This dialog driven panel structure is the foundation to the creative team building these sequences with a sense of rhythm and emotive change. While never perfect grids, the paneling is condensed together allowing for Eisma to represent a range of emotions quickly and reinforce how Dave Sharpe’s lettering creates a cadence for the reader. Take for example this bit of dialog by Faith after she learns her Legion of Doom’s nom de plume is The Faithless (represented by Sharpe with the Faithless logo).
Faith: “Oh that’s … Actually, that’s good.”
Now reading that you are likely to get an idea of the cadence, punctuated by a long pause brought about by the ellipse and shorter one due to the comma. To further emphasize that beat, between befuddlement and appreciation, Shapre literally represents that pause by breaking that line of dialog into two seperate, but connected, speech balloons. Eisma for his part gives Faith a somewhat contemplative expression as she works through this new information.
The ability to show emotive change is found in the proceeding panel, which is emotionally the opposite for Faith. Faith is over her nerdish appreciation of good branding and down to business, which means it’s serious face time! These two long vertical panels also make something of a ‘V’ in the negative space between the two of them, further representing the emotional distance traveled in these two panels. Sharpe also dose the same move again by representing the elliptic beat with separate dialog balloons.
This is the type of stuff that people mean whenever they describe something as having “good” writing or dialog. It’s not so much what is written, but how it is delivered. Aaron Sorkin writes the same basic pattern and phrases into all of his stuff, but because the actors make it sound cool everyone praises it. By building a multilayered context and representation around Houser’s dialog they make it “sound” cool. I defy you to read this issue (or any of the preceding ones) in a manner that doesn’t naturally resemble a screwball comedy.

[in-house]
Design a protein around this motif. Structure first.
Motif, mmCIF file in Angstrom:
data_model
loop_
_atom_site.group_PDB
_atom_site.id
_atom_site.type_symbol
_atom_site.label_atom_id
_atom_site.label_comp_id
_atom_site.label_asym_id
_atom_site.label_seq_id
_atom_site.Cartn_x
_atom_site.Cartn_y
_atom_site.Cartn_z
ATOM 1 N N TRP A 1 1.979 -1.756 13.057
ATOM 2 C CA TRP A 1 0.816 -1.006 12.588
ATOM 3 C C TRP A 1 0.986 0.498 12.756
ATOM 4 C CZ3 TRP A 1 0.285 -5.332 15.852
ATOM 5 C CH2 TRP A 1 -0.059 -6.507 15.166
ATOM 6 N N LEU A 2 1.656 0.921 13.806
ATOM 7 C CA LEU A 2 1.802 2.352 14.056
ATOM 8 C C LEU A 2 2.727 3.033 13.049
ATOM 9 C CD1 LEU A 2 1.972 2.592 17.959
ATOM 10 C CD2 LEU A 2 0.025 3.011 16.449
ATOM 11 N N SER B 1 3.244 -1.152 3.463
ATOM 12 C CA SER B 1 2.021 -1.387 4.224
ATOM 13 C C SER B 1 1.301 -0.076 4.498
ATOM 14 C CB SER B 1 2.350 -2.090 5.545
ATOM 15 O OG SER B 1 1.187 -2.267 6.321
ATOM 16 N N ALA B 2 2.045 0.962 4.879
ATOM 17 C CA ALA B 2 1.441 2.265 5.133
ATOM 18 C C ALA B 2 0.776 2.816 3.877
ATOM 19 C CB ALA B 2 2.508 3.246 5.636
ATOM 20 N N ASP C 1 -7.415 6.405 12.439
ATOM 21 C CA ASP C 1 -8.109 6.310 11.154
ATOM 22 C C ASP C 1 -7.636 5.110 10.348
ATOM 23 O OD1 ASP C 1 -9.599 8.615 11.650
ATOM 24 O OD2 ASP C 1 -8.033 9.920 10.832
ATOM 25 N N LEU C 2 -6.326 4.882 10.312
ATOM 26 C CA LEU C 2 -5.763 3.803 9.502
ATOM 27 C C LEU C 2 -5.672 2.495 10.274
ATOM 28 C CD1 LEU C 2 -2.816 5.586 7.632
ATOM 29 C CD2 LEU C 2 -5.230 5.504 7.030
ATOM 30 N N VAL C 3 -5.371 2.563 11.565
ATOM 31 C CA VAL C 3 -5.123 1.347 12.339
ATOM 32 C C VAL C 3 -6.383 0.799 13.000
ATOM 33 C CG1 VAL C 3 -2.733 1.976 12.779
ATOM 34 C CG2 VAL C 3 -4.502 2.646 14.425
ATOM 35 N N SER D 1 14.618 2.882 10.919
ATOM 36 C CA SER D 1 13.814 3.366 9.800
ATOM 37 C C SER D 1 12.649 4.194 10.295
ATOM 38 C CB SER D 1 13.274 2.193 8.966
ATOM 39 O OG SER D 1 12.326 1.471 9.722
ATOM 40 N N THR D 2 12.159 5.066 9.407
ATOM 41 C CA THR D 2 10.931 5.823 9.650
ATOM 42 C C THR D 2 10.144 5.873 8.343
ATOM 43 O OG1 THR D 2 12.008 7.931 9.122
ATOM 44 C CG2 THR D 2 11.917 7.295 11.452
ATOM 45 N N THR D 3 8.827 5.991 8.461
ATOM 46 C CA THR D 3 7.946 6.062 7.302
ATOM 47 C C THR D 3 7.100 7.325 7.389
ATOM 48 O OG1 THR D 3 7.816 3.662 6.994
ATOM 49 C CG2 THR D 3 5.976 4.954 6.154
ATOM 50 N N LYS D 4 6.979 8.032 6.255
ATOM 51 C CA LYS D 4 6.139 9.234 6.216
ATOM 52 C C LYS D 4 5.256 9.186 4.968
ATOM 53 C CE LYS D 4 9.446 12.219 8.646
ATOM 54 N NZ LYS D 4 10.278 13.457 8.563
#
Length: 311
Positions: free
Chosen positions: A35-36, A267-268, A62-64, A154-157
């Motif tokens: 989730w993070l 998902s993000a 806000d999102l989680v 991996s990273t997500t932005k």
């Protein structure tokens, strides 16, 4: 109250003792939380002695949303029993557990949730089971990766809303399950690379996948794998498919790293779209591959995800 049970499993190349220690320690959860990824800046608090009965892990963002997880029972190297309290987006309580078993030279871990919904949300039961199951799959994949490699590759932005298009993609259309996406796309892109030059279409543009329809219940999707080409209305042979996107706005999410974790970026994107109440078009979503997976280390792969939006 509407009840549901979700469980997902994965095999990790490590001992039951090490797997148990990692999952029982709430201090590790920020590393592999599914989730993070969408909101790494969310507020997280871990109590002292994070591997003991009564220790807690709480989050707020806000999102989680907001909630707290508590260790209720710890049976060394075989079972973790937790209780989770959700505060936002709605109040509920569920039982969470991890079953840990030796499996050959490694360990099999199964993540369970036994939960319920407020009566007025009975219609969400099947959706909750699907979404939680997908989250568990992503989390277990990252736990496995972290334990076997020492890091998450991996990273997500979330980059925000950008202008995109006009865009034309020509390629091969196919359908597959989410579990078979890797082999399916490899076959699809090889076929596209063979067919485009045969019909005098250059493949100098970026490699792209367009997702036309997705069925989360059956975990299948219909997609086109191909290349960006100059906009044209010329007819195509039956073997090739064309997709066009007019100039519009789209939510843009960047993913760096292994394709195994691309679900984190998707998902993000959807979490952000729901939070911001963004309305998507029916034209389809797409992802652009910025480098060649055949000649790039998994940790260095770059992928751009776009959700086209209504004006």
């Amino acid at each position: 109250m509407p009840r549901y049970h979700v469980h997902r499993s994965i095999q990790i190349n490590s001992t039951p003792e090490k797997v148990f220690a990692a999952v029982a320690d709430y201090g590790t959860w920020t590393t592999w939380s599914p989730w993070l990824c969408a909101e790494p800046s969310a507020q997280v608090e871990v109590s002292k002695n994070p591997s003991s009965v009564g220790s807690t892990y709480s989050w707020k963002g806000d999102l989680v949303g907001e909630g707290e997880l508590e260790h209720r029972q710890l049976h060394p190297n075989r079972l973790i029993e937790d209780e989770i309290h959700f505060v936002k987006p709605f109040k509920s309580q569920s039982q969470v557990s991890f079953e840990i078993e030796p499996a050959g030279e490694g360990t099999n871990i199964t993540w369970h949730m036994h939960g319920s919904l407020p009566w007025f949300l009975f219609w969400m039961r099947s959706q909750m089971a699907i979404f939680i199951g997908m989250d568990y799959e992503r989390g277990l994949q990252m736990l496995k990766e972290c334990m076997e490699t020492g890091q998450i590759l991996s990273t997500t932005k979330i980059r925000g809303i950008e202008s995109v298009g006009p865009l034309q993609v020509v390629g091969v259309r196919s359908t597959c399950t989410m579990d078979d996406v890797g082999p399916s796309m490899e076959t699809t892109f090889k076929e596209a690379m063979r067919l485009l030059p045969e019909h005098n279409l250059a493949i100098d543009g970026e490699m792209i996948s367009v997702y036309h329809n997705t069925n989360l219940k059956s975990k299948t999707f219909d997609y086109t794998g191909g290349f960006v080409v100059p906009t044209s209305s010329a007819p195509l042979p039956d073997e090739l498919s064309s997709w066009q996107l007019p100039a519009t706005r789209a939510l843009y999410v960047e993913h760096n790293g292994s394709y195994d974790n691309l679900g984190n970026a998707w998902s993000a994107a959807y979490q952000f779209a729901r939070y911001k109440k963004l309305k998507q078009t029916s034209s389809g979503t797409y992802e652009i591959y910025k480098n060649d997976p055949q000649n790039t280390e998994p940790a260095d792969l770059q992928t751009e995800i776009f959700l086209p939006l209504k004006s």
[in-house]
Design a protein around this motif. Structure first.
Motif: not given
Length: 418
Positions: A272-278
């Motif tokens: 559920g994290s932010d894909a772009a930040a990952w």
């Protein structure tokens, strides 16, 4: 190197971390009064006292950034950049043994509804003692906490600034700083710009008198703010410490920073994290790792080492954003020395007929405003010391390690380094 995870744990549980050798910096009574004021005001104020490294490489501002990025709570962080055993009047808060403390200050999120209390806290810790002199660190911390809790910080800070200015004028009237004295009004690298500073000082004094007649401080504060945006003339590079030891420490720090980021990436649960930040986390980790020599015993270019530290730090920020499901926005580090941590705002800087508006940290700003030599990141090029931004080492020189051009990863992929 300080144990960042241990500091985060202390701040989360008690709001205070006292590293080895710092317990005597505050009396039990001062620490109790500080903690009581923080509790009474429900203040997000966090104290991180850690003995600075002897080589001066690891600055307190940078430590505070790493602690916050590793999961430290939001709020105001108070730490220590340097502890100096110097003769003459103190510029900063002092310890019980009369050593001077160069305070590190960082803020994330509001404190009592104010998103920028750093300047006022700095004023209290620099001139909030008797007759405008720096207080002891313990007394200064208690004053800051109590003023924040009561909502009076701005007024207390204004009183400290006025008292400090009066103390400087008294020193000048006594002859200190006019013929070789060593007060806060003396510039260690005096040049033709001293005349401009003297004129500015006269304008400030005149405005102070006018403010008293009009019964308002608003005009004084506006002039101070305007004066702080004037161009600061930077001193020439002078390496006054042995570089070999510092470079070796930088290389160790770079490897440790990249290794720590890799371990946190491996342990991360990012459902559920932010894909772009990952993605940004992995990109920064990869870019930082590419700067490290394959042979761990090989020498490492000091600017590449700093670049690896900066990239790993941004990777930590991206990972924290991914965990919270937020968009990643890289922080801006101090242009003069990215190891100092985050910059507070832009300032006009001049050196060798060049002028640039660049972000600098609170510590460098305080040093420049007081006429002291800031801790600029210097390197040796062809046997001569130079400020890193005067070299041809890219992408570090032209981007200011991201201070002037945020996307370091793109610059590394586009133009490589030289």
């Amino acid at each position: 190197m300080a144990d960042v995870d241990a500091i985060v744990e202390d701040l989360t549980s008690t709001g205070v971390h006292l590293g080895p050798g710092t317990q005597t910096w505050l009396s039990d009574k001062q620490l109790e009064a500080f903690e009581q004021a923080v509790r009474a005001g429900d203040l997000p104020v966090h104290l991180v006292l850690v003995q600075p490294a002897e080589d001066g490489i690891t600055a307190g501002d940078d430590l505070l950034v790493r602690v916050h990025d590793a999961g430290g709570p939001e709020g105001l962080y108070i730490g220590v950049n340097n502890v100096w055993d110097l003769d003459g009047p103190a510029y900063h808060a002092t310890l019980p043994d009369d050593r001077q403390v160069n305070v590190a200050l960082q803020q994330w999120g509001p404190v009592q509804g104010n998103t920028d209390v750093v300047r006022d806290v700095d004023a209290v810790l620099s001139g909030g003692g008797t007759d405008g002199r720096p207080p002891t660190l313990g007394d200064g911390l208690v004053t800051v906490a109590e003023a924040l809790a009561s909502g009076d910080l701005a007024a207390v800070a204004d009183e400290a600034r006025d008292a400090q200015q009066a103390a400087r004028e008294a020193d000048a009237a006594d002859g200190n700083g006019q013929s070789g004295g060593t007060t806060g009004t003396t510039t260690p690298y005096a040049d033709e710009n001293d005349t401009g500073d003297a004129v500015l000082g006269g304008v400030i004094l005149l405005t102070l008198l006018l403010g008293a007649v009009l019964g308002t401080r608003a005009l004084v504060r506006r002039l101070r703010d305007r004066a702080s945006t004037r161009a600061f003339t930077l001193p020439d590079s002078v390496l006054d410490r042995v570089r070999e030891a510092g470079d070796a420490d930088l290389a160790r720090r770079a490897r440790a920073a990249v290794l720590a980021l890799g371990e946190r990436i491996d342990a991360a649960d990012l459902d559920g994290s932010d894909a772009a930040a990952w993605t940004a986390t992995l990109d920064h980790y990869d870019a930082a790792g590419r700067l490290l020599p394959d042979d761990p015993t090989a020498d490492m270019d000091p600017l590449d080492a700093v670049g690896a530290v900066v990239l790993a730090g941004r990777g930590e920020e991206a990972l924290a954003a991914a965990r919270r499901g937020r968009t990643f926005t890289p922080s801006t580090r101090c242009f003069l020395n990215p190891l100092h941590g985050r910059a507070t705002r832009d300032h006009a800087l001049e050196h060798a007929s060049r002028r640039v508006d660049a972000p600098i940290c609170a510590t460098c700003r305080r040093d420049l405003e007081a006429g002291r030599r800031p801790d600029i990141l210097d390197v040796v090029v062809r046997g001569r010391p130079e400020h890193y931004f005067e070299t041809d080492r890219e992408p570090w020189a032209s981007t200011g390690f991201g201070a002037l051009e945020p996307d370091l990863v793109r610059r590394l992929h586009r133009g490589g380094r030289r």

Houser and company pull off an interesting magic trick with this issue: on its face this is an unsatisfying, inconclusive ending, and yet it works. This is the kind of ending that would make for a solid season finale and terrible series finale. While this is technically the end to this run of “Faith” nothing about this is conclusive. The conspiracy by the Faithless is only partially defeated, but there is still room for more stories of Faith’s adventures in Hollywood be told. It makes ample room for a “Superboy and the Legion of Superheroes” style adventure to naturally fit in. While Faith’s reflexive potential certainly gives Houser greater leeway to lampshade and play with superhero narrative tropes, the largely upbeat ending feels true to the lead’s indefatigable desire to do good. Which is exactly what you’d want out such a character driven book.
Final Verdict: 8.0 – Houser and Co. finish “Faith” on a very strong note with more adventures coming right around the corner.